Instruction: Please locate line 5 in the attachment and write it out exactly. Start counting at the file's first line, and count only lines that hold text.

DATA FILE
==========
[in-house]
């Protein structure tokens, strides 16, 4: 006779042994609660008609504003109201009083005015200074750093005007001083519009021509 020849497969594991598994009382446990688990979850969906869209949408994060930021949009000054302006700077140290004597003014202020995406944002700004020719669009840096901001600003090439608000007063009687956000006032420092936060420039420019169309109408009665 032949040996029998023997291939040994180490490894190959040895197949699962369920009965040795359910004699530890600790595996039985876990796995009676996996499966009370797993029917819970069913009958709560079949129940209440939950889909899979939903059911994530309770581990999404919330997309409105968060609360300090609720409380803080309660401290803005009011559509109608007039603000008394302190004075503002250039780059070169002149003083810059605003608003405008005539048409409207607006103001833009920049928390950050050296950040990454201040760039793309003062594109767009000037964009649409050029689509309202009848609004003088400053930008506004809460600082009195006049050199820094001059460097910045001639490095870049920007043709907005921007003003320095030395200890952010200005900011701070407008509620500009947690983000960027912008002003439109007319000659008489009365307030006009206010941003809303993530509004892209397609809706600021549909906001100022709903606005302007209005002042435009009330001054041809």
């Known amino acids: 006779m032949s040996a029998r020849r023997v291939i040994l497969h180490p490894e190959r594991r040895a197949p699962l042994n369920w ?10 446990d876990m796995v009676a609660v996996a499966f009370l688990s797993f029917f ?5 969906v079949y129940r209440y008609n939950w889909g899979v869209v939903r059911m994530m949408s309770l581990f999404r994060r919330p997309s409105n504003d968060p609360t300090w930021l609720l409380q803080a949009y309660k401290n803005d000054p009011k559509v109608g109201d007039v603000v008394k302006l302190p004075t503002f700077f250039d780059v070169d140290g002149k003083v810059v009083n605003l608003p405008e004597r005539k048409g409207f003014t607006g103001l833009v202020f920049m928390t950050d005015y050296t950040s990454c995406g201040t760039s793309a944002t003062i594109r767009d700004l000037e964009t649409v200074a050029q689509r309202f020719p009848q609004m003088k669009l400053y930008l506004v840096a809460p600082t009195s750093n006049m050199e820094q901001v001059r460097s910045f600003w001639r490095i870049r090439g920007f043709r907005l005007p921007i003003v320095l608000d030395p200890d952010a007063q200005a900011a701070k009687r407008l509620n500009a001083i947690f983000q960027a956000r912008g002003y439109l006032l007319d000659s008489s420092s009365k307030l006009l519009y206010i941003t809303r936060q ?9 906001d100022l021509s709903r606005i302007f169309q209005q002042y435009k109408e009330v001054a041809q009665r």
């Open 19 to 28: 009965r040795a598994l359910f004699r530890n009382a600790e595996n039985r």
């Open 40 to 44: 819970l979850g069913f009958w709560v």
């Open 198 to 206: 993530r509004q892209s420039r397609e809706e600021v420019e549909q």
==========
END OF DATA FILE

């Open 40 to 44: 819970l979850g069913f009958w709560v």